The hopeful trend that nobody notices
When Leila and I head off to Mass, early on a weekday morning, we can safely expect to find an empty pew. But not tomorrow morning; the little chapel will be packed.
No, this is not one more commentary on the odd fact that even Catholics who do not show up for Mass on Sundays will be there on Ash Wednesday—and post selfies to tell the world about it. (Although, if you’ll forgive the paraleipsis, that is a curious fact, isn’t it?) I have another point in mind.
Yes, there are Catholics who appear in church on Ash Wednesday, then disappear until Easter. But there are also some who will continue to attend daily Mass all through Lent. And—here’s my point—among them, at least a few will continue coming every day even when Lent is over. I don’t expect to have trouble finding empty pews, but I do anticipate more company in the mornings.
It’s been nearly 40 years now since I made the commitment to try to get to Mass every day. We’ve moved a few times since then, and my job schedule has changed several times, so that over the years I’ve been “one of the regulars” in eight different churches or chapels. At every stop along the way, I’ve seen a steady increase in the number of people at daily Mass.
We hear often about the severe decline in attendance at Sunday Mass. But I’m reporting that—at least from my perspective—there’s another, more hopeful trend: a quiet growth in the cadre of people at Mass every day. Do others see the same trend?
If it’s generally true that the pews are a bit fuller for daily Mass, that’s especially encouraging, because of the demographics of the typical congregation. When I first began attending daily Mass, nearly everyone in the church was older than me. Obviously that has changed in 40 years; there aren’t nearly so many people around who are my elders. Nonetheless, as the older folks disappear form the pews (headed for a better place, we pray), the congregations still increase in size.
Is my experience atypical, or is this a real trend? While lackadaisical Catholics sleep in on Sundays, are there more dedicated Catholics rousing themselves early every morning?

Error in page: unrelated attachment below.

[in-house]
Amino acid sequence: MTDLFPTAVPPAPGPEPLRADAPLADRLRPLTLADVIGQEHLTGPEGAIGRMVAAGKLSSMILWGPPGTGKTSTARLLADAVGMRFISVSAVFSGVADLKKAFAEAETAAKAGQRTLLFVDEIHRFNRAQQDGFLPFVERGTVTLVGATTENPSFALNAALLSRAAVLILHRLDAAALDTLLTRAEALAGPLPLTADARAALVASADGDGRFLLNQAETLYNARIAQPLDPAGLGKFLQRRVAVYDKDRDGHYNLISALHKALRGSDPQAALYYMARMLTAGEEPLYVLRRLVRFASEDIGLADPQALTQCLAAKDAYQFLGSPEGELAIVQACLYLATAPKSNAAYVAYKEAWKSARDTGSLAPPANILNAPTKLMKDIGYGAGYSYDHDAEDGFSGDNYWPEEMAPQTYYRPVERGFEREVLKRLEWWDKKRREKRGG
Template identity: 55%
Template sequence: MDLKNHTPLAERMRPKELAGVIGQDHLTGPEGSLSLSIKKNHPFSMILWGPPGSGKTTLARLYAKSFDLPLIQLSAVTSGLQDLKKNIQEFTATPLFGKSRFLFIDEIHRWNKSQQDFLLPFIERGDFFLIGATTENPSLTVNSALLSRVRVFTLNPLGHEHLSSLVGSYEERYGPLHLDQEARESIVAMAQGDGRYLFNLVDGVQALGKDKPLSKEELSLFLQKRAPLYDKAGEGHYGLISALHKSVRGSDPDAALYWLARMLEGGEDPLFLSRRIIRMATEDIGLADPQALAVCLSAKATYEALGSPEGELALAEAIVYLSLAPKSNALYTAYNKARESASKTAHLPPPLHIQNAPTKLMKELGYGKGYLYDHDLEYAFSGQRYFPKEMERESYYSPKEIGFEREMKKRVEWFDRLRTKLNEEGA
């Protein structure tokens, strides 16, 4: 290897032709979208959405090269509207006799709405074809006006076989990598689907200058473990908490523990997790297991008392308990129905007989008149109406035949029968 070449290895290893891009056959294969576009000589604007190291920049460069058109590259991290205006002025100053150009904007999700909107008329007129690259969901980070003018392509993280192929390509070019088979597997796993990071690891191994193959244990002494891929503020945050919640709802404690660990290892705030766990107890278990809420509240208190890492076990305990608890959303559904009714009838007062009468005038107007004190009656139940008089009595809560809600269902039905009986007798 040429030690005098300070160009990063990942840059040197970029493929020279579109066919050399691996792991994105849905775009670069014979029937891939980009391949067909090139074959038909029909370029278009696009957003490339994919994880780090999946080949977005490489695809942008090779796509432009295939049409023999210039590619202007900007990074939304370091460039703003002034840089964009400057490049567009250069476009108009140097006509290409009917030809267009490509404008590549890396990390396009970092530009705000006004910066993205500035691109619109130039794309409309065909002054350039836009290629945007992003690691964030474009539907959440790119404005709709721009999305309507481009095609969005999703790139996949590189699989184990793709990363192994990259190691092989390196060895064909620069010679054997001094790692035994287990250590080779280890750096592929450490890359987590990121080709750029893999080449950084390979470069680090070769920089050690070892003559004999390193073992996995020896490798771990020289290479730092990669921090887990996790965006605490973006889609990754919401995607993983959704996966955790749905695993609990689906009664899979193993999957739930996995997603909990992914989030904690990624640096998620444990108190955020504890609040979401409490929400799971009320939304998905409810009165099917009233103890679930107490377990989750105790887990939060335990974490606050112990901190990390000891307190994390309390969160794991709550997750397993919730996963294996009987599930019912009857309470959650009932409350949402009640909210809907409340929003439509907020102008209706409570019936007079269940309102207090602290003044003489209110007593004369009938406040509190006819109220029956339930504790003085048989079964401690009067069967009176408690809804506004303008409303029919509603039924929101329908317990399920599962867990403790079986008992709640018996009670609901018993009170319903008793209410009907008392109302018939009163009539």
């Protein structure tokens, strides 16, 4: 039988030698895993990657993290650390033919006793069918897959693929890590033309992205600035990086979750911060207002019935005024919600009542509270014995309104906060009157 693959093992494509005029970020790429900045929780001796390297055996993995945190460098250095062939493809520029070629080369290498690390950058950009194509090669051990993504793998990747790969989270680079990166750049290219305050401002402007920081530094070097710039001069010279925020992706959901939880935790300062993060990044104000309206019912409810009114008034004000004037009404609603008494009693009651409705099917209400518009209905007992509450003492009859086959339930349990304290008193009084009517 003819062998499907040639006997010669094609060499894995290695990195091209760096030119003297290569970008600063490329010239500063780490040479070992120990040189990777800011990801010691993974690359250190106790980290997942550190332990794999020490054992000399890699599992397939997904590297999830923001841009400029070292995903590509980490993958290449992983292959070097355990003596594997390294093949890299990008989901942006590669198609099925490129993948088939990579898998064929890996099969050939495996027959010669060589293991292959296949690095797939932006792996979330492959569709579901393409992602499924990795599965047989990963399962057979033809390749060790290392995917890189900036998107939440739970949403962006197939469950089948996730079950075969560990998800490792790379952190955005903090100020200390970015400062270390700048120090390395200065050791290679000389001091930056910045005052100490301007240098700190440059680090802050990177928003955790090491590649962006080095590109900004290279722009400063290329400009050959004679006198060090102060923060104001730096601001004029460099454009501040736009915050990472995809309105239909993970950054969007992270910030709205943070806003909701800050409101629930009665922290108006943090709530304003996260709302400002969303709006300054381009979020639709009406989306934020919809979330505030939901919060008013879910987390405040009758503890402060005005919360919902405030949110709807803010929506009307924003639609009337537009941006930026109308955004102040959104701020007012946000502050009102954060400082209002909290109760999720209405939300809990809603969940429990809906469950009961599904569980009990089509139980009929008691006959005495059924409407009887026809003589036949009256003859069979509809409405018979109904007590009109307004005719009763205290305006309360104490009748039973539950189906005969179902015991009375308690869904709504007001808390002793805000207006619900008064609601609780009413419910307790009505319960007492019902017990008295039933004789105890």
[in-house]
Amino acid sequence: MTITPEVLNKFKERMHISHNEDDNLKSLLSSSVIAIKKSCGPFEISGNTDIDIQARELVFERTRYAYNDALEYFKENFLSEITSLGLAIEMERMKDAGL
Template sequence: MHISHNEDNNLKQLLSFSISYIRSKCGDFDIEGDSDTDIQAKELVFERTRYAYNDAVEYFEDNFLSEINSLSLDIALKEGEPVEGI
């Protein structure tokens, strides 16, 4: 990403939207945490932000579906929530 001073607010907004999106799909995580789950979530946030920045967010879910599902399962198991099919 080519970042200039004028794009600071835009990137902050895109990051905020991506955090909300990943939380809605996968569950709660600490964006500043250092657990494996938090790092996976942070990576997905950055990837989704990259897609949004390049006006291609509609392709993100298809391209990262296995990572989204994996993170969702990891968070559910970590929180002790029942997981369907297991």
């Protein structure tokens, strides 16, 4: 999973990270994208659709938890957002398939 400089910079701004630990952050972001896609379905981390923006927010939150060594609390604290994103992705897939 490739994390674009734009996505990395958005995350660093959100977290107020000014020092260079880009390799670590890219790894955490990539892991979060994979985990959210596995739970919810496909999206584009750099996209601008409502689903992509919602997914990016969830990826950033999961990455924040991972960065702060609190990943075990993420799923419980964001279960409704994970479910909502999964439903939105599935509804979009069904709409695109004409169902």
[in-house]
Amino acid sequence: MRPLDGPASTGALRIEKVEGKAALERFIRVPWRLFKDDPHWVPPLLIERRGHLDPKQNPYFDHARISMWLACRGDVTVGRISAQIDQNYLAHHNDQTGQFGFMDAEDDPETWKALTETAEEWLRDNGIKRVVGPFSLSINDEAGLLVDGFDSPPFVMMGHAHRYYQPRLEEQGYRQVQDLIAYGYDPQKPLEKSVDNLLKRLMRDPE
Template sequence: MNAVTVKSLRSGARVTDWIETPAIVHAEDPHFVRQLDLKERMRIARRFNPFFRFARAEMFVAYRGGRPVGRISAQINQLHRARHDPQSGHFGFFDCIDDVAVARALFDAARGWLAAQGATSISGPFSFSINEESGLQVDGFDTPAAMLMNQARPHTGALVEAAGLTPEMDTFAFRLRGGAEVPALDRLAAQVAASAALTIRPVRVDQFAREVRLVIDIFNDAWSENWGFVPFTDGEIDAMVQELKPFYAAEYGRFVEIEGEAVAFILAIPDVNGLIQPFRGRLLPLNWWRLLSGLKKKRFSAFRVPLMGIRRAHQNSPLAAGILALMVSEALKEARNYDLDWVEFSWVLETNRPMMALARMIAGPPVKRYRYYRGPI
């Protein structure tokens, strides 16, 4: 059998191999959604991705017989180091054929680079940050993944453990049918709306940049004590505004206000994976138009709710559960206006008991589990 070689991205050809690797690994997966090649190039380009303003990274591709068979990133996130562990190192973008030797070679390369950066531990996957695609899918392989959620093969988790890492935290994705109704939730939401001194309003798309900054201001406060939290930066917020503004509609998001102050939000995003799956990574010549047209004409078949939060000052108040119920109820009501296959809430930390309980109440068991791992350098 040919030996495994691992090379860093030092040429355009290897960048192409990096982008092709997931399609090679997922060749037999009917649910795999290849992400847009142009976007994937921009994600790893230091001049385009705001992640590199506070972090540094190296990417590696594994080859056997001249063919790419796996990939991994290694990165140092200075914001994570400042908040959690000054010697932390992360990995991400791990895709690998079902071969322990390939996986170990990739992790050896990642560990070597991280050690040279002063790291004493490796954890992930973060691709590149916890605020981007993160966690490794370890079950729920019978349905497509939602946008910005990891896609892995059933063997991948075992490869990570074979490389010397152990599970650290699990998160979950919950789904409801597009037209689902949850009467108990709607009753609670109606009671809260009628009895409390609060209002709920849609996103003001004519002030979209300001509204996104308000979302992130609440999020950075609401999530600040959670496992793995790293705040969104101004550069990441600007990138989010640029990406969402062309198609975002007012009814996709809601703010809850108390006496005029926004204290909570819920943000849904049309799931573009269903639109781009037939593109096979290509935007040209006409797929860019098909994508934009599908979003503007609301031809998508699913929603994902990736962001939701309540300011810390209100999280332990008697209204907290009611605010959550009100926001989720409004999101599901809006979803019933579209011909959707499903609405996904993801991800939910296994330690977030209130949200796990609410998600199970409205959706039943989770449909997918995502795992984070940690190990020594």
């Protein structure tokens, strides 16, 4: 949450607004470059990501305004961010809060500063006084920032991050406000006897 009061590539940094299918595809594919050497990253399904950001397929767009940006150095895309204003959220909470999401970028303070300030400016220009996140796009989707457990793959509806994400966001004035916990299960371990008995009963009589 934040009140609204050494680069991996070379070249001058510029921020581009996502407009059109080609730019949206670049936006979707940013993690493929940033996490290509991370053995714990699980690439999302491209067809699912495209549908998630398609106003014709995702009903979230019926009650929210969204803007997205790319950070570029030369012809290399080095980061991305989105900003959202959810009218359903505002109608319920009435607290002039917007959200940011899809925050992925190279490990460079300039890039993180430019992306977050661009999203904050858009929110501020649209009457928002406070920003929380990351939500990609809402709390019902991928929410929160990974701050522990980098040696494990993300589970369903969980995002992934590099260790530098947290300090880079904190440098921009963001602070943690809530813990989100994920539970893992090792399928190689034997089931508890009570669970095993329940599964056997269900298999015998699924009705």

Anyway, if it isn’t a trend, it should be. So let me suggest, to those readers who will be making an unusual weekday appearance in church tomorrow, that you consider trying to make it there every day during Lent. (If not every day, how about twice a week?) And if you can do it during Lent, why not continue through the year? Take it from me: If you can do it for 40 days, you can probably do it for 40 years. Be a trend-setter!
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Posted by: drjanina125845 -
Mar. 02, 2022 5:06 PM ET USA
I have noticed it too! And it must be a reason for rejoicing!
Posted by: joy -
Mar. 01, 2022 9:33 PM ET USA
Yes, Phil! I notice growing daily Mass attendance. I'm 76, but not the oldest one there. The young are doubly inspiring: the young couples or mothers with 1, 2, 3, 4 or more young children and the single young people who tend to linger in the chapel in deep prayer after Mass is over. There is hope! Thank you for mentioning this.
Posted by: miketimmer499385 -
Mar. 01, 2022 4:58 PM ET USA
I found daily Mass far more in line with my faith than Sunday worship at a parish I previously attended. Prior to covid, my current parish's liturgy was the most glorious of any novus ordo Mass to be found. I am wandering in the desert to find anything approaching that reverence again, for various reasons not necessarily related to covid and the baleful response of the church in general. I find that daily Mass is once more the liturgy that speaks to my spiritual sensibility.
Posted by: winnie -
Mar. 01, 2022 2:31 PM ET USA
I agree. There are a number of devout young adults who attend daily Mass at Emmanuel in Delray Beach FL & also in our Huntsville AL parish of Holy Spirit. It’s so inspiring.